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Hair analysis for the detection of drug use – is there potential for evasion?

Marrinan, Shanna, Roman-Urrestarazu, Andres, Naughton, Declan, Levari, Ermelinda, Collins, John, Chilcott, Robert, Bersani, Giuseppe and Corazza, Ornella (2017) Hair analysis for the detection of drug use – is there potential for evasion? Human Psychopharmacology: Clinical and Experimental, 32 (3). e2587. ISSN 1099-1077

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Identification Number: 10.1002/hup.2587

Abstract

Background: Hair analysis for illicit substances is widely used to detect chronic drug consumption or abstention from drugs. Testees are increasingly seeking ways to avoid detection by using a variety of untested adulterant products (e.g. shampoos, cleansers) widely sold online. This study aims to investigate adulteration of hair samples and to assess effectiveness of such methods. Methods: The literature on hair test evasion was searched for on PubMed/MEDLINE, Psycinfo, and Google Scholar. Given the sparse nature of peer-reviewed data on this subject, results were integrated with a qualitative assessment of online sources, including user-orientated information/commercial websites, drug fora and ‘chat rooms’. Over four million web sources were identified in a Google search by using ‘beat hair drug test’ and the first 86 were monitored on regular basis and considered for further analysis. Results: Attempts to influence hair test results are widespread. Various ‘shampoos’, ‘cleansers’ among other products, were found for sale, which claim to remove analytes. Often advertised with aggressive marketing strategies, which include discounts, testimonials and unsupported claims of efficacy. However, these products may pose serious health hazards and are also potentially toxic. In addition, many anecdotal reports suggest that Novel Psychoactive Substances (NPS) are also consumed as an evasion technique, as these are not easily detectable via standard drug test. Recent changes on NPS legislations such as New Psychoactive Bill in the UK might further challenge the testing process. Conclusion: Further research is needed by way of chemical analysis and trial of the adulterant products sold online and their effects as well as the development of more sophisticated hair testing techniques.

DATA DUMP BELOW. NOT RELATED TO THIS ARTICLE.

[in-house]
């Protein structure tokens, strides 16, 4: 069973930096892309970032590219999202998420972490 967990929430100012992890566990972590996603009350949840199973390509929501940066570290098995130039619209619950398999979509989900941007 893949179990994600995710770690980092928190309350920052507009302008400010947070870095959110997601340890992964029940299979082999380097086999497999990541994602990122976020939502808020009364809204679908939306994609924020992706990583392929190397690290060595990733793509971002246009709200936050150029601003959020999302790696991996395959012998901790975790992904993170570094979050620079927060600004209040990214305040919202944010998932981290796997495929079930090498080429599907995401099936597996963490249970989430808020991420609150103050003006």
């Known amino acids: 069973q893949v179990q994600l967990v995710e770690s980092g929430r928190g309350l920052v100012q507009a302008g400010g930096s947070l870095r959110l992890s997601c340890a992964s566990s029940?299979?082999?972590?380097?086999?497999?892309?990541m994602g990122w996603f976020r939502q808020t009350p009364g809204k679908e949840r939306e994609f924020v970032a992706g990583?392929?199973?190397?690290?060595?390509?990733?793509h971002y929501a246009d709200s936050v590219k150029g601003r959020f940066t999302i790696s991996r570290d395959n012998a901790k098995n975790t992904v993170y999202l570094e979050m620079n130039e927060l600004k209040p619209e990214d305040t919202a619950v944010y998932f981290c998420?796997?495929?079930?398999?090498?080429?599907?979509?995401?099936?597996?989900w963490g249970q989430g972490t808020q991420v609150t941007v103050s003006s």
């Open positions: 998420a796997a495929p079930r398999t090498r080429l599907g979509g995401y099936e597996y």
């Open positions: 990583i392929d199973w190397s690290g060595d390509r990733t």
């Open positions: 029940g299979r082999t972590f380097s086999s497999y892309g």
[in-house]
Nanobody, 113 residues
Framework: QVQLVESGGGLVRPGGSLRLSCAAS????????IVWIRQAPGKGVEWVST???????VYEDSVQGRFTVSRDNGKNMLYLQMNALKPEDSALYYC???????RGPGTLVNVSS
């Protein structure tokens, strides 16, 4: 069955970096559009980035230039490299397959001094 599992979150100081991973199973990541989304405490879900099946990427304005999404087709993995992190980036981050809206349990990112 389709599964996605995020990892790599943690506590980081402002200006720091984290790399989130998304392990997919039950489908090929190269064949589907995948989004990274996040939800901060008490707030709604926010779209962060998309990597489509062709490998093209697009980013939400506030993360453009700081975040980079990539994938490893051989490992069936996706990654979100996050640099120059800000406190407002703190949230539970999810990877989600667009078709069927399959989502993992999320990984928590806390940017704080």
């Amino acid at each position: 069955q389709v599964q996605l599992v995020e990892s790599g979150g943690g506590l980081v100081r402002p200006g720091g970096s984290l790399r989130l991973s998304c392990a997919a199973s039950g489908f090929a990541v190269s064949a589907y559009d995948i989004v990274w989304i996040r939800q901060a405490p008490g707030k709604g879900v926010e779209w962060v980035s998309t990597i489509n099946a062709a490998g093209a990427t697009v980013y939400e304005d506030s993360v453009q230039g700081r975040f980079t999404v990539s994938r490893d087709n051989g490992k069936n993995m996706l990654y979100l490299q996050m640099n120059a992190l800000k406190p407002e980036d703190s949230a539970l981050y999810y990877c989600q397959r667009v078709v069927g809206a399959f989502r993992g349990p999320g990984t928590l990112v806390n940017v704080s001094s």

Item Type: Article
Official URL: http://onlinelibrary.wiley.com/journal/10.1002/(IS...
Additional Information: © 2017 John Wiley & Sons, Inc.
Divisions: IGA: LSE IDEAS
Subjects: Q Science > Q Science (General)
Sets: Research centres and groups > LSE IDEAS
Date Deposited: 13 Mar 2017 12:25
Last Modified: 20 Feb 2019 12:07
URI: http://eprints.lse.ac.uk/id/eprint/69774

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